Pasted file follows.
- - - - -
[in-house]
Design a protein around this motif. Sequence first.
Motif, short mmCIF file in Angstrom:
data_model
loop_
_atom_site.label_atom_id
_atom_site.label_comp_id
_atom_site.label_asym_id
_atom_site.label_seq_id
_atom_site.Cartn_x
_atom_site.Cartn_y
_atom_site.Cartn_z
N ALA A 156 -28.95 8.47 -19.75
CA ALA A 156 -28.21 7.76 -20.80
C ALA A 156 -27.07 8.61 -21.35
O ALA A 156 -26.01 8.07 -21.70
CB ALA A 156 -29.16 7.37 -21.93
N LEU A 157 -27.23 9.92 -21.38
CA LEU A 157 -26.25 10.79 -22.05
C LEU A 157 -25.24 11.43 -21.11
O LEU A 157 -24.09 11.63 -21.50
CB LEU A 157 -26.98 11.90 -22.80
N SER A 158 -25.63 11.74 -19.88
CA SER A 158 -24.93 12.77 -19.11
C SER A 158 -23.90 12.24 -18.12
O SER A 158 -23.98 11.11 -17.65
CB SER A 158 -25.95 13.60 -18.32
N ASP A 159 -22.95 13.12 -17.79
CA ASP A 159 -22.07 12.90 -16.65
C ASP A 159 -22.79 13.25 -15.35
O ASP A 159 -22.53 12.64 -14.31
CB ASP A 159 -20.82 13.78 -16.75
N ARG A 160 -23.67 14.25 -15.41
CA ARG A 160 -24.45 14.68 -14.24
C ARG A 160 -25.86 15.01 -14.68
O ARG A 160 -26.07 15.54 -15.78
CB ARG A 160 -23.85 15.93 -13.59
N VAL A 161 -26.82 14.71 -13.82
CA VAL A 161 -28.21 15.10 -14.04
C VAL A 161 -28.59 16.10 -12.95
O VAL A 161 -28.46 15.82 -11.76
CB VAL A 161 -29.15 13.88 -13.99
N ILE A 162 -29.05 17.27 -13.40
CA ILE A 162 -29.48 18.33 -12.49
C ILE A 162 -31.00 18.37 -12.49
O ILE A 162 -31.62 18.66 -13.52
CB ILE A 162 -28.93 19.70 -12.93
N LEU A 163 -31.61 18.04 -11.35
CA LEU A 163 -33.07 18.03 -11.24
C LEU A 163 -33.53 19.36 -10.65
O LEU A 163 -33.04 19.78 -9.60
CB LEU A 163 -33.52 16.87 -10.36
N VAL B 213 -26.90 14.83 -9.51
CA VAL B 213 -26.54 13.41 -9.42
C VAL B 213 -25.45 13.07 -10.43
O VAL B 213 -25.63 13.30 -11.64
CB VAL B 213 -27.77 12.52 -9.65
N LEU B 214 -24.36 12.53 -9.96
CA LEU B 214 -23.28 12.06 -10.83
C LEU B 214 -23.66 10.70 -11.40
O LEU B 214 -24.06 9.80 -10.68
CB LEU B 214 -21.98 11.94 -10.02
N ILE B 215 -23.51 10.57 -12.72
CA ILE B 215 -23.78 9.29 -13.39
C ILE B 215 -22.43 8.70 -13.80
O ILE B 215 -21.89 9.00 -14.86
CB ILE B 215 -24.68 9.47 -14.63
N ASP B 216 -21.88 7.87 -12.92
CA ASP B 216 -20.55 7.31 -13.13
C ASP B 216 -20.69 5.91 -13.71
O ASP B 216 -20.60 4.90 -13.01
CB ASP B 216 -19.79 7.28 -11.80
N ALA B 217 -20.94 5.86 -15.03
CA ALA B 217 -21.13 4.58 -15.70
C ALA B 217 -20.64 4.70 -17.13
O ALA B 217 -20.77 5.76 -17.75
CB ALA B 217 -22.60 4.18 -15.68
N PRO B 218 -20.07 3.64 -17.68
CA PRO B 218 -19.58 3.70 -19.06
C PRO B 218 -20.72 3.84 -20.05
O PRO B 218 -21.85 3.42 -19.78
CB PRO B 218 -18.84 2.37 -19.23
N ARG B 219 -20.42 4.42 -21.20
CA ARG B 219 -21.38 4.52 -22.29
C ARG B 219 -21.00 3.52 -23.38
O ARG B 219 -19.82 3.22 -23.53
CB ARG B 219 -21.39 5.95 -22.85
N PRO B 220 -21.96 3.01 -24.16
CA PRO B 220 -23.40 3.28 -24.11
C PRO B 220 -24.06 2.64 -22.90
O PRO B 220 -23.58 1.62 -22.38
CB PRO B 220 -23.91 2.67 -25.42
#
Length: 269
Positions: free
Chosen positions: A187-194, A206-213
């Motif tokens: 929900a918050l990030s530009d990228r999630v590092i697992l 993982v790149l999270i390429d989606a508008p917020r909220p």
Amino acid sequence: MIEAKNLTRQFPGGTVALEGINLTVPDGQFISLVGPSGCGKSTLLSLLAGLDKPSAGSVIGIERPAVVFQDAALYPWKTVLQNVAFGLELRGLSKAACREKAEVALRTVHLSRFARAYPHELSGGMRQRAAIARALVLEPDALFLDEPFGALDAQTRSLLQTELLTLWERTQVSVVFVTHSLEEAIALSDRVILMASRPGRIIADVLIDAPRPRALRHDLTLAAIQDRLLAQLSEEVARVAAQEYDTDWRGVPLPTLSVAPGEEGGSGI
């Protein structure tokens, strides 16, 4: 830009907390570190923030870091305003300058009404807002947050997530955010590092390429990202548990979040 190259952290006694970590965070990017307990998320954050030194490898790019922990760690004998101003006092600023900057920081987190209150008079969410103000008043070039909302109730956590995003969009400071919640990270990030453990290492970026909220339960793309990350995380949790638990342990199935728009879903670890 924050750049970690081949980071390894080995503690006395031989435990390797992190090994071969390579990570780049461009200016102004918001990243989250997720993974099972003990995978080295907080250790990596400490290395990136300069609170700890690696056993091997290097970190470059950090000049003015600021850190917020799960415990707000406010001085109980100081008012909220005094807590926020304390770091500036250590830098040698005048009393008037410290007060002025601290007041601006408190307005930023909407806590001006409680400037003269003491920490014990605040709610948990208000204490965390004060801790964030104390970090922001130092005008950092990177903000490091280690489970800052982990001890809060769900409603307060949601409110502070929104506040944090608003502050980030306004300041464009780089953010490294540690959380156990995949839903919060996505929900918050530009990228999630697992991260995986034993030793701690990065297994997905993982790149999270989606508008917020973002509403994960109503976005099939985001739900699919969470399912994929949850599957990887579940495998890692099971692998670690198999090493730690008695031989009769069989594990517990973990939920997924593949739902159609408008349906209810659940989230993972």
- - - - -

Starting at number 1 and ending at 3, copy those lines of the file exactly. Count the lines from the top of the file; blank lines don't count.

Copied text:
[in-house]
Design a protein around this motif. Sequence first.
Motif, short mmCIF file in Angstrom: